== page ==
The 32nd TD Toronto Jazz Festival will run June 22 to July 1, with 23 ticketed shows in various venues and approximately 150 free concerts. For the second straight year, the festival will be centred around Bloor-Yorkville, with seven core venues: outdoor stages on Cumberland St. and Hazelton Ave., The Pilot Tavern, Heliconian Hall, the Church of the Redeemer, the Isabel Bader Theatre and the Village of Yorkville Park. This year’s festival also has some new initiatives, including four ticketed concerts at Trinity-St. Paul’s; an opening night celebration co-produced with the Royal Ontario Museum called “Jazz Club,in which the ROM will be transformed into a giant nightclub featuring jazz, swing and dancing throughout the evening; and a partnership with CBC Music and the JUNOs rotating between two Yorkville stages and highlighting Canadian musicians who were either nominated for, or won, JUNO awards this past year. The showcase will feature eight bands on June 30, including David Braid/Mike Murley, the Okavango African Orchestra, Hilario Durán, Shirantha Beddage, Autorickshaw, Beny Esguerra and New Tradition, and more.

With the festival fast approaching, I sat down for a conversation with Josh Grossman, now in his ninth year as artistic director, about this year’s festival and its continuing evolution.

Josh Grossman - Photo by Marie ByersWN: Walk us through the move away from Nathan Phillips Square into Yorkville, which began last year. What has this change brought to the festival?

JG: There were programming-flexibility and other issues involved in having the big tent in Nathan Phillips Square as the festival’s central venue. These involved noise by-law requirements which limited us to three shows a day – one at noon, one in the late afternoon and one in the evening – and we wanted to be able to present more. Also, the tent held 1,200 people and the pressure of filling it for ten straight days proved to be a challenge. The sound was often less than ideal and so was the atmosphere – we lacked the budget to decorate the square to give it more of a festival feel as it had during the Pan-Am Games. The move to Bloor-Yorkville allows us to present smaller shows, but more of them, and in a variety of indoor and outdoor venues that provide more flexibility and variety. Also, with its pre-existing history, Yorkville provides a village-within-a-city feel that makes a jazz festival feel like more of a festival, which is hugely important. It has a built-in community and neighbourhood vibe and offers many other advantages. It’s in the centre of the city, easily accessible by public transit and, with seven venues, it offers a flexibility of programming. It’s also close to some of the hard-ticketed venues such as the Danforth Music Hall, Koerner Hall, the ROM and Trinity-St. Paul’s, so there’s a sense of concentration. We want people to be able to catch a variety of shows each day by simply walking or taking a short subway ride. Because Yorkville is relatively small, many of the venues, even the outdoor ones, offer an intimacy which suits the music being presented. Heliconian Hall for example, where we’ll be presenting ten free concerts, holds just 100 people, has wonderful sound, a good grand piano and a great stage. The Church of the Redeemer is similar and both these venues have a history within the city, which it’s nice to take advantage of.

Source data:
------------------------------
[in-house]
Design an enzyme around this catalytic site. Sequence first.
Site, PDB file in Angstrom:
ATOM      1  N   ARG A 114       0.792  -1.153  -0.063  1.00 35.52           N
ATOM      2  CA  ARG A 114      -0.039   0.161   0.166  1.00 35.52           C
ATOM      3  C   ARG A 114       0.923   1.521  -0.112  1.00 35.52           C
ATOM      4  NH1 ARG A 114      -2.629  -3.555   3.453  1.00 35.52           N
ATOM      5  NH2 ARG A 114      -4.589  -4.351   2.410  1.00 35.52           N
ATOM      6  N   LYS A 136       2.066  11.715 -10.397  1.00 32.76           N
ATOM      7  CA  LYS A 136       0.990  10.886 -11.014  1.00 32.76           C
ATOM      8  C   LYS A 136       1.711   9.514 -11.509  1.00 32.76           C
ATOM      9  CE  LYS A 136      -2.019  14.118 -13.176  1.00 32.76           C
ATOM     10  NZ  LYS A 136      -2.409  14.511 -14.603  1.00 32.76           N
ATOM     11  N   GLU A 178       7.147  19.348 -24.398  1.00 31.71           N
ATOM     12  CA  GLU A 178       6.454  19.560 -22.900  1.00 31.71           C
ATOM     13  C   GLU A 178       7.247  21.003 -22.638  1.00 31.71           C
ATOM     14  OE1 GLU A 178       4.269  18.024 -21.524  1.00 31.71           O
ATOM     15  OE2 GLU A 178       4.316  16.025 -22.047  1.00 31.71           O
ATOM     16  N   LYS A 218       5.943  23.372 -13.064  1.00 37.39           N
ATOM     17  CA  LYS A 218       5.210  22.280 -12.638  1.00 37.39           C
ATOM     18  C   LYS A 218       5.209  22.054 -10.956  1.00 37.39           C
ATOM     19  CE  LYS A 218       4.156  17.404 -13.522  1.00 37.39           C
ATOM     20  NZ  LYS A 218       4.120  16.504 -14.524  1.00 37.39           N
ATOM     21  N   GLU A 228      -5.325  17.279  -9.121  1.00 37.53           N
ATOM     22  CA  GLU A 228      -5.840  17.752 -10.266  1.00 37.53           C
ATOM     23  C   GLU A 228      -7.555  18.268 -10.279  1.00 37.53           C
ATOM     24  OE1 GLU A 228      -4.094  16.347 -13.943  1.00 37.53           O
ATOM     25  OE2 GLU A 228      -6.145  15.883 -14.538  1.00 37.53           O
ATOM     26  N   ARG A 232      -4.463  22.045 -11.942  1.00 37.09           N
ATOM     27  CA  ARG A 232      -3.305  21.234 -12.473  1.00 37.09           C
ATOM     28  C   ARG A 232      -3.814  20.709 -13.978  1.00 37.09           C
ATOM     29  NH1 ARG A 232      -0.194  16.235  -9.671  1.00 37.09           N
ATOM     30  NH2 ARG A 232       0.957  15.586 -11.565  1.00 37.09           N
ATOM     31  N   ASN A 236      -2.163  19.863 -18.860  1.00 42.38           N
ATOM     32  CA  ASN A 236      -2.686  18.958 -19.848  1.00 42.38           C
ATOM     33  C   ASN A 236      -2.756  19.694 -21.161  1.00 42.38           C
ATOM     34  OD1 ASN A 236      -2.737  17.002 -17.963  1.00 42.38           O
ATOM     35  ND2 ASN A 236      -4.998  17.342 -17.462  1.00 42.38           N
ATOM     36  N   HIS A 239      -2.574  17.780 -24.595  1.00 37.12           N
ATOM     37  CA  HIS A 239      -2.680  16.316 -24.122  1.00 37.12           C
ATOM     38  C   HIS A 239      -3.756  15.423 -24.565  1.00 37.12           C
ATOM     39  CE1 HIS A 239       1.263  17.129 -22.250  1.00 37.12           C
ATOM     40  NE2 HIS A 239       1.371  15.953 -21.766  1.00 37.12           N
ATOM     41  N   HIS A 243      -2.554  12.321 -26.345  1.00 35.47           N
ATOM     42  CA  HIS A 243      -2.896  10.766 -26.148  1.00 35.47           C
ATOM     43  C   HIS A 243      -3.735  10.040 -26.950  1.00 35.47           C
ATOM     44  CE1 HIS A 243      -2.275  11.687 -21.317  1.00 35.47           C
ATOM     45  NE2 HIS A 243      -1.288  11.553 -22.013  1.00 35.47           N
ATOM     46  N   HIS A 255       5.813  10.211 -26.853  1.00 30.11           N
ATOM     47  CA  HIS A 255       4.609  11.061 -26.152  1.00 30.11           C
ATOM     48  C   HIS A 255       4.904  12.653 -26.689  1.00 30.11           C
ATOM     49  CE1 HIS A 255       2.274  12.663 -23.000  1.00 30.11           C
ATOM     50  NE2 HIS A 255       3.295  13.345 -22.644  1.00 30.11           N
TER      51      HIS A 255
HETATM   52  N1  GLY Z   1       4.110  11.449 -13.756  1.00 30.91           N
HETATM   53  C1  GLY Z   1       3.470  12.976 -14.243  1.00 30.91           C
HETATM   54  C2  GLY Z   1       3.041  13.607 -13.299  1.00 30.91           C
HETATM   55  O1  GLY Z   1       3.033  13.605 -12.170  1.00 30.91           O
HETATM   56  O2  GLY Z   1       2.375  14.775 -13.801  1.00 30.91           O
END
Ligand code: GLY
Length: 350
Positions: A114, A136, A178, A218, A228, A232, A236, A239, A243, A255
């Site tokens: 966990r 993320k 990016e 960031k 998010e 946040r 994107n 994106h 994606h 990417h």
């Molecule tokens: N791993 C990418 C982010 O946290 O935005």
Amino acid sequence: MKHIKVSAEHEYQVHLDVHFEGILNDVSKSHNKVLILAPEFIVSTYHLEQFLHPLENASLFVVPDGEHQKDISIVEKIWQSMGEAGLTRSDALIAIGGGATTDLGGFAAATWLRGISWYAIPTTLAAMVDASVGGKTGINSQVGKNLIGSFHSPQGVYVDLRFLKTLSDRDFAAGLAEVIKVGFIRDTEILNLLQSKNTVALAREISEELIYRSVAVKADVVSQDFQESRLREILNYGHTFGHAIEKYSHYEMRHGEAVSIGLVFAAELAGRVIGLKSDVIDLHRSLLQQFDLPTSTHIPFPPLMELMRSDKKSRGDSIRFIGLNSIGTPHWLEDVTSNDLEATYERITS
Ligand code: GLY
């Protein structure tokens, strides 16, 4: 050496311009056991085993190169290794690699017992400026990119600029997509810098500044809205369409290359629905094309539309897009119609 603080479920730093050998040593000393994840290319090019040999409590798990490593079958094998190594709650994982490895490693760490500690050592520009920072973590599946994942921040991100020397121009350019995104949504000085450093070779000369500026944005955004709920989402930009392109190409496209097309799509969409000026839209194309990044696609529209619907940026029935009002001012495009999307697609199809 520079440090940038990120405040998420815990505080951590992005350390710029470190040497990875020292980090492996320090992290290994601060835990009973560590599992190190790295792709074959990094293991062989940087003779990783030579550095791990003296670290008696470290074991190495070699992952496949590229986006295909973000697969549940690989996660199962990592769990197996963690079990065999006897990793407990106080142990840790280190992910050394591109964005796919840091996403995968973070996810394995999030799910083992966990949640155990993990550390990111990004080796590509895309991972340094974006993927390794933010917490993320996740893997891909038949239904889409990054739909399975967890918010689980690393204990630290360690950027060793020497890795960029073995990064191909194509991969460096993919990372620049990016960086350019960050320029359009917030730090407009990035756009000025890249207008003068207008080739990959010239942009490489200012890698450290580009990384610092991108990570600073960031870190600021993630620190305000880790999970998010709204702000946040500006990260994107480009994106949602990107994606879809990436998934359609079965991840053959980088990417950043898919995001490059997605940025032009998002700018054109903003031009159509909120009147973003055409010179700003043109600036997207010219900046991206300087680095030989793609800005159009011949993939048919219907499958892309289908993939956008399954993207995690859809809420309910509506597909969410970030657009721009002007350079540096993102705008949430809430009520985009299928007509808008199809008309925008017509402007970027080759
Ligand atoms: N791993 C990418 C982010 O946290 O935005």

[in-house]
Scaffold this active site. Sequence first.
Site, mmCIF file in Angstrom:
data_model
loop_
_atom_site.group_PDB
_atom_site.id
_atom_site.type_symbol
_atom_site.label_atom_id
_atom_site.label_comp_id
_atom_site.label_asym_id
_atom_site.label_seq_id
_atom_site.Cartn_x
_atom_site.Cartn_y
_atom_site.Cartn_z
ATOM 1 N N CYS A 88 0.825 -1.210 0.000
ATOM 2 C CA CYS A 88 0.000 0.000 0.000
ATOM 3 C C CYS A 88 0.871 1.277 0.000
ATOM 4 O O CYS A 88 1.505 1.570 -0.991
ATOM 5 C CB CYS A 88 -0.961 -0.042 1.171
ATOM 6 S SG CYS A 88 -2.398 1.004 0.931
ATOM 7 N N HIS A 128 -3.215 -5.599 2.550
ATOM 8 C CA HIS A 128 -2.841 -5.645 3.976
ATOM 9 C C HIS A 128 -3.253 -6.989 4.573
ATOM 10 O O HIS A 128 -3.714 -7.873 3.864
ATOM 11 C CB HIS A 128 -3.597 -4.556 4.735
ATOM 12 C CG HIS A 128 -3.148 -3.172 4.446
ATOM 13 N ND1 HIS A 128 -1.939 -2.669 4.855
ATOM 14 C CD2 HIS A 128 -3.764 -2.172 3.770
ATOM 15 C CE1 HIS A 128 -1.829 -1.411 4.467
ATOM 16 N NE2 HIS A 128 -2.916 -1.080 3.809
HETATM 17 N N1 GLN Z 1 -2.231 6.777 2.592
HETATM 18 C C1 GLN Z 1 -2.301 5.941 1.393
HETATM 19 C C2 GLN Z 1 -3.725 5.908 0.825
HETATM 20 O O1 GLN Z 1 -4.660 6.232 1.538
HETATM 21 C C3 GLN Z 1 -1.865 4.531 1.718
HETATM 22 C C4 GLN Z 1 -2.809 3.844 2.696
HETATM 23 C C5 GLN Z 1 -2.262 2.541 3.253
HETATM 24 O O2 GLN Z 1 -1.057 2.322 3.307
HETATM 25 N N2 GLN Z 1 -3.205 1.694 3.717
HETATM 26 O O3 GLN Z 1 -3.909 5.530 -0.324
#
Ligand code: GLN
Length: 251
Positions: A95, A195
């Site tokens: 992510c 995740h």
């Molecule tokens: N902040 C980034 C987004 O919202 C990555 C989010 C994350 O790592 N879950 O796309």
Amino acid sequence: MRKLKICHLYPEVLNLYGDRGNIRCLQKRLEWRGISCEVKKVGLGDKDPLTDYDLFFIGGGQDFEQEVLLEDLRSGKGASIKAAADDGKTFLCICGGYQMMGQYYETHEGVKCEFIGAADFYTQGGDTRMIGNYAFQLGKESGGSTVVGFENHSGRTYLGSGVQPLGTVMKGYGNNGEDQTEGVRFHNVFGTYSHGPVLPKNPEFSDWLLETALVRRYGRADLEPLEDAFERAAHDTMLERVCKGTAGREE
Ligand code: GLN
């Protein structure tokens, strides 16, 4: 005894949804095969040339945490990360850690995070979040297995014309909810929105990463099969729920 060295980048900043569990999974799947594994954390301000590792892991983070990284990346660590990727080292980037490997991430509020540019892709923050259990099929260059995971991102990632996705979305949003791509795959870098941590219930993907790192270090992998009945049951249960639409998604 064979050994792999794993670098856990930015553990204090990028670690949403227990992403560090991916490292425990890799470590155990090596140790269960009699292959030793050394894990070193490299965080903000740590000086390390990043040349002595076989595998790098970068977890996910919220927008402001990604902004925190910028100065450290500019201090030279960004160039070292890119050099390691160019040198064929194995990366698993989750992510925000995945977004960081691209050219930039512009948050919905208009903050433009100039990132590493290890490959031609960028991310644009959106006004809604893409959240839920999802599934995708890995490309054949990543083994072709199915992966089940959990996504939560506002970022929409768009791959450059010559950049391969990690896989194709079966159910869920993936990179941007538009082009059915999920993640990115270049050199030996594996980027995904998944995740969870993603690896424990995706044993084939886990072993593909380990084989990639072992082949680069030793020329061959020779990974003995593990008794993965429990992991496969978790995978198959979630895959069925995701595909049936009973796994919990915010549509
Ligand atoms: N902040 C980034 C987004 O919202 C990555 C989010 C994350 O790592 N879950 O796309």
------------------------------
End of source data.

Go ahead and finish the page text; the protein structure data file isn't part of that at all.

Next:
What has response from the Yorkville community been like?

Local councillor Kristyn Wong-Tam and the Bloor-Yorkville BIA have been very supportive, which has allowed us to increase the Yorkville footprint of the festival this year. It’s helped that CEO Howard Kerber, who formerly ran TIFF in the community for several years, has been involved. There are still noise by-law issues – no more than 85 decibels and nothing past 11pm – but most shows will wind up by ten. And the local businesses certainly appreciate the influx of 5,000 people into the neighbourhood.

Apart from affordability, availability and avoiding repetition from year to year, what drives your selection of acts for the festival?

We focus on the audience in Toronto, being aware of who’s popular in the city, and of the increasing cross-cultural aspect of the community with an eye toward promoting this. With the ticketed big-name shows we look for variety; we want the acts to be exciting and vibrant as well as financially viable. It’s certainly not a matter of me as artistic director just indulging my own tastes; there have been many times I’ve wanted to bring in an artist I love but have been shot down by the board. It’s surprising, but there are a number of artists with huge international jazz reps who simply don’t sell well in Toronto. The free concerts are easier because there’s no box office pressure and the possibilities are almost endless.

There’s a perception that the festival has grown smaller in the last couple of years – is this true?

Not entirely. There have been slightly fewer big-name, hard-ticketed events the past couple of years, but the total number of presentations has held steady at 170 to 180. Part of the perception that we’re smaller is we no longer involve, under the festival umbrella, many clubs which present jazz part time. This is largely because they didn’t allow us input into their booking of artists. The exceptions this year are the Home Smith Bar, The Rex (which does its own booking but we wanted to maintain a partnership with because it presents so much jazz year-round) and The Pilot Tavern, an obvious choice given its location and long history.